The biggest reason dogs struggle in hunt tests is because some aspect(s) of their early training is weak or missing. Temptation to run dogs that are very young and/or rushing to run a dog without adequate training also limits their success in the future. These dogs often fail to reach their full potential and the lack of proper training can result in frustration for the dog and handler throughout the dog’s life. Good habits are a result of proper training conducted over a long enough period of time and in a variety of places.
The best way to train a hunt test dog is to train it for field trials! Although we do not require hunt test dogs to complete some of the longer retrieves, their training is initially the same as field trials dogs. This is the best way to teach proper marking and blind running skills. These dogs transition very easily to running hunt tests with only a week or two of hunt test exposure. A hunt test dog’s training should largely resemble field trial training, without extreme distances, for their entire career!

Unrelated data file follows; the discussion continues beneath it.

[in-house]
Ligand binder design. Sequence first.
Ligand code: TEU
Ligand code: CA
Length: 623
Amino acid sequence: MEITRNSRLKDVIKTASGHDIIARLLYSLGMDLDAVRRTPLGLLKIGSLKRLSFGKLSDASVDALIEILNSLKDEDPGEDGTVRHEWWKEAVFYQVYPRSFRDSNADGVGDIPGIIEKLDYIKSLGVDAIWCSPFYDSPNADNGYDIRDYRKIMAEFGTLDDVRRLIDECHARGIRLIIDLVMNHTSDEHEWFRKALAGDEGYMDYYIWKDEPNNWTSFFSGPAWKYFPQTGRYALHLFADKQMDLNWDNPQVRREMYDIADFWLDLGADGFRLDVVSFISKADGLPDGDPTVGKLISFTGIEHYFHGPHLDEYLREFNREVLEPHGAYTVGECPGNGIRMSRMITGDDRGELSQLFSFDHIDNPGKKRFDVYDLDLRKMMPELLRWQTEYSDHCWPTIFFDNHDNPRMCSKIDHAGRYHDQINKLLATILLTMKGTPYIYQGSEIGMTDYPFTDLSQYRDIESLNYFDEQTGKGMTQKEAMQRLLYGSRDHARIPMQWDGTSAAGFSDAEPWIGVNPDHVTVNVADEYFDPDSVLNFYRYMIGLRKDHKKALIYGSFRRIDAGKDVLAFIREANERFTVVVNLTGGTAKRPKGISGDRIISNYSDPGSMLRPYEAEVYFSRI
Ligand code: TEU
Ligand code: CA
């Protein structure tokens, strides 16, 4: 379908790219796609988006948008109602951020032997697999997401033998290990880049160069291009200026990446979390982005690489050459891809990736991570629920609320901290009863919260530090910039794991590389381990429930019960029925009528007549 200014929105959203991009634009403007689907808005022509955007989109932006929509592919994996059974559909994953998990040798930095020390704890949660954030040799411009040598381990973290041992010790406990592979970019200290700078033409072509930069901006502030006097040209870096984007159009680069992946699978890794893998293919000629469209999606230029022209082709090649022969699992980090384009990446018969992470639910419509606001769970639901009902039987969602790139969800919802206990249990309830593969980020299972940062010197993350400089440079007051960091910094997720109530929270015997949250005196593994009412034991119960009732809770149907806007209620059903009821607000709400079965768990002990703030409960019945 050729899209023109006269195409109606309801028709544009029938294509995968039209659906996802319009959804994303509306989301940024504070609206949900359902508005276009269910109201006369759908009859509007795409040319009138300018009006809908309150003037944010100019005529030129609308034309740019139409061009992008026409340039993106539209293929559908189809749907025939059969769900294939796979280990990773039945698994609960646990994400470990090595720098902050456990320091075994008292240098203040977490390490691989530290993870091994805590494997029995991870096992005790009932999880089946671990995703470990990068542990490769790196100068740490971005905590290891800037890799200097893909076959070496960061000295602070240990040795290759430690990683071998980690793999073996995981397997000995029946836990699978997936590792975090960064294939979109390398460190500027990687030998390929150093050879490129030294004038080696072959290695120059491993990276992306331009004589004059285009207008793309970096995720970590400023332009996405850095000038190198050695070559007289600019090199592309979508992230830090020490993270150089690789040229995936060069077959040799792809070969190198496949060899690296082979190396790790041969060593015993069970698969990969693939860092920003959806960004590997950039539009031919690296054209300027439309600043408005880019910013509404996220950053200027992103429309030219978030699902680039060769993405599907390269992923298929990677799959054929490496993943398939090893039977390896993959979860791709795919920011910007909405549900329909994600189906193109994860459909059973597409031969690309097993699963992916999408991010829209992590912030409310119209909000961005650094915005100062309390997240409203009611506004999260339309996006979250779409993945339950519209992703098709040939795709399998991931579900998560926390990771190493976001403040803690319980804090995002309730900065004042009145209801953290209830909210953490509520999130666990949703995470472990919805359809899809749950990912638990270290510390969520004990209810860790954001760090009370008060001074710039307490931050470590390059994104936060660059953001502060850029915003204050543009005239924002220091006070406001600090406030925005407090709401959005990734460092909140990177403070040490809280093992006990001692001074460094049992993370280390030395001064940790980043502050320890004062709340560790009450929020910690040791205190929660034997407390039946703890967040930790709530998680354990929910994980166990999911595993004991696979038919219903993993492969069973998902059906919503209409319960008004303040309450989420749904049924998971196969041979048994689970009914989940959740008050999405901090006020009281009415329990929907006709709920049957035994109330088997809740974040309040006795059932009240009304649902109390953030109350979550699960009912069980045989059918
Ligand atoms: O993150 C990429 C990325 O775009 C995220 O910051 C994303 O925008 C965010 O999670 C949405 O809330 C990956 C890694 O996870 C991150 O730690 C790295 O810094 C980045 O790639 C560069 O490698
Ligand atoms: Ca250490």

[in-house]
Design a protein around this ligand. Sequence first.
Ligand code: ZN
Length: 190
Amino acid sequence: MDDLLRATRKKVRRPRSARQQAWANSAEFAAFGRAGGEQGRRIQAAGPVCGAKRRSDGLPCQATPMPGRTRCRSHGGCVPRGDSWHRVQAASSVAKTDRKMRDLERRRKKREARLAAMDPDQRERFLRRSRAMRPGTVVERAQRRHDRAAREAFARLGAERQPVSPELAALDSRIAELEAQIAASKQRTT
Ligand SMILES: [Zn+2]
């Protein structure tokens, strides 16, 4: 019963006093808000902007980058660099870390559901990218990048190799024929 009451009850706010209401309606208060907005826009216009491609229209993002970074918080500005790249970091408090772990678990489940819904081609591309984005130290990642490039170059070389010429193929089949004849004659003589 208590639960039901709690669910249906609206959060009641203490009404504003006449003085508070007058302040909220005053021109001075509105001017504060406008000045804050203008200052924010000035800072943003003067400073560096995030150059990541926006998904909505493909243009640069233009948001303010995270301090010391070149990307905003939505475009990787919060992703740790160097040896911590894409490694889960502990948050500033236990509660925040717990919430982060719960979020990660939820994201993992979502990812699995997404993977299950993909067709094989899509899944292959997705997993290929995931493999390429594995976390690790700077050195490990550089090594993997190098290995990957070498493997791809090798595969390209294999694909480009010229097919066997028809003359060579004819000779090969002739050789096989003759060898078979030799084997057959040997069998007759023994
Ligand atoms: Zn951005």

Lauren runs a few hunt tests in Texas and then typically has a more intense hunt test running schedule while in Minnesota during the spring and summer. Lauren handles dogs in the junior, senior, and master stakes. Tim is very supportive of the hunt test program but no longer runs dogs in hunt tests. We strongly encourage our clients to run their own dog(s), it’s a lot of fun!
For owners who want their dog ran in the master national events, a great option is to have basics, transition, and early advanced work done on their young dog at Dynamic Retrievers. The solid foundation work will serve the dog well throughout their career.